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Essays on Invertebrate Conservation

Moths are all around us. They share our natural areas and gardens, and sometimes they share our food crops, and even our clothes. Love them or despise them, moths play profoundly important roles in our environment—as pollinators; as food for songbirds, bats, and other wildlife; as part of the clean-up crew that recycles organic waste; and more—and they deserve our conservation attention.

Gardening for Good, by Scott Black. Page 3.

The Glorious Diversity of Moths, by Eric Lee-Mäder. From species larger than your hand to those smaller than your pinkie fingernail, moths are a remarkably varied and often quite beautiful group of insects. Page 5.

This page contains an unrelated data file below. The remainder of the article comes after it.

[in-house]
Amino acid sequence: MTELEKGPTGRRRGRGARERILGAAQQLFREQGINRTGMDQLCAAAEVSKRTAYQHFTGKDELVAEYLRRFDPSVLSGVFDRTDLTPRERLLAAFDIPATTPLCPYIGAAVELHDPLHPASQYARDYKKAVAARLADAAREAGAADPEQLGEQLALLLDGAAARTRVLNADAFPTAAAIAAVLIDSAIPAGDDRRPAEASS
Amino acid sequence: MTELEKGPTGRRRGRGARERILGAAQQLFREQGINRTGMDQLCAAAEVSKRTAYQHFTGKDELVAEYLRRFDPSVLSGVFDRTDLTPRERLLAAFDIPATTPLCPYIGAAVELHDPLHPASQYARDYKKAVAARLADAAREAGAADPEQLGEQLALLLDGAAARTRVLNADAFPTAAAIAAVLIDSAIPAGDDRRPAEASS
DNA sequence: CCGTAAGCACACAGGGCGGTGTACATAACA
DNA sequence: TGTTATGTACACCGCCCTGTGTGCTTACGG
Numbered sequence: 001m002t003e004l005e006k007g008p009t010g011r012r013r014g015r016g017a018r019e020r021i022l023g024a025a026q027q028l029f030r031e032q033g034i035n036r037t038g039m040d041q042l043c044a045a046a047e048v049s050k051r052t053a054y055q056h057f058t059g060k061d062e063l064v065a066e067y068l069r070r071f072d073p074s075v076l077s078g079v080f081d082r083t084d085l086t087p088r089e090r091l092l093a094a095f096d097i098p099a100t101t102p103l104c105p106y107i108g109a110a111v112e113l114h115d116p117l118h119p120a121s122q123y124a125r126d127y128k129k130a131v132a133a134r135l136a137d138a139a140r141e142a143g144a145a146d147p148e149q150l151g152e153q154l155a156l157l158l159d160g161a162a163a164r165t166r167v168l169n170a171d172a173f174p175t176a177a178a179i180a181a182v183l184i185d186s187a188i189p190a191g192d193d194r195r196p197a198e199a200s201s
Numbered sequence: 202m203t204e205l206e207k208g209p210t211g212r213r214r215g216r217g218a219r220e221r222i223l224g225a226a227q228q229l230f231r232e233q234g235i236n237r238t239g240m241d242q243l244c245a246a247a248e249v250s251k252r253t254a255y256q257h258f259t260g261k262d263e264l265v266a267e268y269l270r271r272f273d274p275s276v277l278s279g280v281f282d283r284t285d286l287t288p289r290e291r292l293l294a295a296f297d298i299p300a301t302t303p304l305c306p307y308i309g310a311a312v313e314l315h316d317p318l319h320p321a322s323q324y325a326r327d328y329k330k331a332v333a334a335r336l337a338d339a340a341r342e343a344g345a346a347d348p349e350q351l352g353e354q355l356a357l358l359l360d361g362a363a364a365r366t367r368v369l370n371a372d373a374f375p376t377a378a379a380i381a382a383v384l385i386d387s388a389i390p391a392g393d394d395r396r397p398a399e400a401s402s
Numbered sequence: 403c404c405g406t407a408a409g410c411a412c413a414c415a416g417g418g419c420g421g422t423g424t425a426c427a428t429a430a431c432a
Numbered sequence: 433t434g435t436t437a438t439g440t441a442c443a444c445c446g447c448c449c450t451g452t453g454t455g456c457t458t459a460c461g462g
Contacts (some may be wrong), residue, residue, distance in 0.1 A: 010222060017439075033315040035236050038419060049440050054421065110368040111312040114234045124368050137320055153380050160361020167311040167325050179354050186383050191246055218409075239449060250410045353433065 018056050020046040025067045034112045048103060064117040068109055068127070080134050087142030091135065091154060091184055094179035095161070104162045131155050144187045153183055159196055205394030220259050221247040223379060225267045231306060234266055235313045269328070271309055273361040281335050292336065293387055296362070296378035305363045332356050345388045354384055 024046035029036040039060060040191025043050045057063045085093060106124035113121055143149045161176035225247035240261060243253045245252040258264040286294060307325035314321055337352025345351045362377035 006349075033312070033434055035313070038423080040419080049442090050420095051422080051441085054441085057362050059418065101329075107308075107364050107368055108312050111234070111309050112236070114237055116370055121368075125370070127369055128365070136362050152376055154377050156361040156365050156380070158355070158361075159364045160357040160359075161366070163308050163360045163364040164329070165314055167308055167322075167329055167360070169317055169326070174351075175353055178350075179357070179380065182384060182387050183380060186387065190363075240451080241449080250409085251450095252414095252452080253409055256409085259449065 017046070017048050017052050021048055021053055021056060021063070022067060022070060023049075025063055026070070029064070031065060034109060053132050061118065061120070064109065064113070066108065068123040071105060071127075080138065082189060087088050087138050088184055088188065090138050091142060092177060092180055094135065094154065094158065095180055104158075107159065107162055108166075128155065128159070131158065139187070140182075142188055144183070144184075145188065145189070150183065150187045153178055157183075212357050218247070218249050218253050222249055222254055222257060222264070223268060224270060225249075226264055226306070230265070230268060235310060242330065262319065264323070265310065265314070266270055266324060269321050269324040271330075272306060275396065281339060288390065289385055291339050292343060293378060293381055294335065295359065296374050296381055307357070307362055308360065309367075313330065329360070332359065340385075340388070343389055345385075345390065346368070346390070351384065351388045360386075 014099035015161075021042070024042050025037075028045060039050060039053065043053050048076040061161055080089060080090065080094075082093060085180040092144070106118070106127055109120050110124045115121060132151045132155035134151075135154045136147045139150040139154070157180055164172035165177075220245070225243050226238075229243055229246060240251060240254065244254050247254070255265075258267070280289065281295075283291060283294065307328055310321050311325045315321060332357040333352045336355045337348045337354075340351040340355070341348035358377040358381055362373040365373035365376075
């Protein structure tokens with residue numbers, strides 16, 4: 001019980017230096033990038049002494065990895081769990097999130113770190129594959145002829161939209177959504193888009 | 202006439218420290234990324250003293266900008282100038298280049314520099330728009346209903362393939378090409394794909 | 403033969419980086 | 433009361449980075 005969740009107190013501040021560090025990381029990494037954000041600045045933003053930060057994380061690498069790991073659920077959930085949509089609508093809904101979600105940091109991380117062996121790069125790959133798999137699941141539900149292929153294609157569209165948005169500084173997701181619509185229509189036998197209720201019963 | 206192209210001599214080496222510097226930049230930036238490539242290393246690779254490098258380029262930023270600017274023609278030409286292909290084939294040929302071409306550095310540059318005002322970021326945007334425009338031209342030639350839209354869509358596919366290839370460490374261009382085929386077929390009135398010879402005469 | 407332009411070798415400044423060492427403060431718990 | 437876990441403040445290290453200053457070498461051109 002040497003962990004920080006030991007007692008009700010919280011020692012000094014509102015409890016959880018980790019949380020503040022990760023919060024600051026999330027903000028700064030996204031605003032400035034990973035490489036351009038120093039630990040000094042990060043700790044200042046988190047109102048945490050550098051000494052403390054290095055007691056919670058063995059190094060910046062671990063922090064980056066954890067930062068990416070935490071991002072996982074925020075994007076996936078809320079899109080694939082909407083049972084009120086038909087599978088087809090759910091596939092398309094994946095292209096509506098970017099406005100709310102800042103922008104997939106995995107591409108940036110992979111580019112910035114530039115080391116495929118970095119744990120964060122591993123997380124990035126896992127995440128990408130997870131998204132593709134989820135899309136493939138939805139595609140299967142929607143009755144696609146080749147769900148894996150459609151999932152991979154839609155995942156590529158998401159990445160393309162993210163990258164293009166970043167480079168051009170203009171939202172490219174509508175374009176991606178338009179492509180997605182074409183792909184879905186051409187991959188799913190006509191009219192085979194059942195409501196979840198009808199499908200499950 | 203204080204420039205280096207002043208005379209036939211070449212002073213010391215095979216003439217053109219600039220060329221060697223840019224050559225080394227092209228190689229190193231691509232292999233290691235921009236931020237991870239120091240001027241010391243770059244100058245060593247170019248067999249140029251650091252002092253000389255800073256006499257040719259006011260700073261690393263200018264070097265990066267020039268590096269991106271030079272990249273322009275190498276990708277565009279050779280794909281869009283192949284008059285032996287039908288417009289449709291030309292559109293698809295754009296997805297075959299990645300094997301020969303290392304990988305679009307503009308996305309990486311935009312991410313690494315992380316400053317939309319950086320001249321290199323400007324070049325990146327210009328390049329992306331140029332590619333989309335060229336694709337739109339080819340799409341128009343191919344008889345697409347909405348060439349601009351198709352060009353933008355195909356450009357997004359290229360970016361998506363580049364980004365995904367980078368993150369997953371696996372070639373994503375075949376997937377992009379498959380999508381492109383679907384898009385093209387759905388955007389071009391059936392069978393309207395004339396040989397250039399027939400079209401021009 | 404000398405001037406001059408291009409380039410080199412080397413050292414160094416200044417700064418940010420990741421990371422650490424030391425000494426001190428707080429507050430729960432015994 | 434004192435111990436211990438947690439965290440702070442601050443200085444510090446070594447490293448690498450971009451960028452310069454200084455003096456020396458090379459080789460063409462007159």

The Bogong Moth, An Icon Driving Insect Conservation in Australia, by Kate Umbers. The bogong moth has enormous cultural, ecological, and economic significance for Australians. A new initiative aims to protect this important species. Page 12.

Enjoying Moths in Your Garden, by Eric Lee-Mäder. With a little care, you can create a garden that will support an abundance of moths —and you can get a glimpse at lovely creatures that are normally hidden. Page 17.

Staff Profile. Eric Lee-Mäder, pollinator and agricultural biodiversity co-director. Page 24.

Partner Spotlight. Invertebrates Australia, a new nonprofit organization, works to provide an integrated scientific approach to the conservation of Australian invertebrates. Page 25.

Xerces News. Updates on Xerces Society projects and successes. Page 26.

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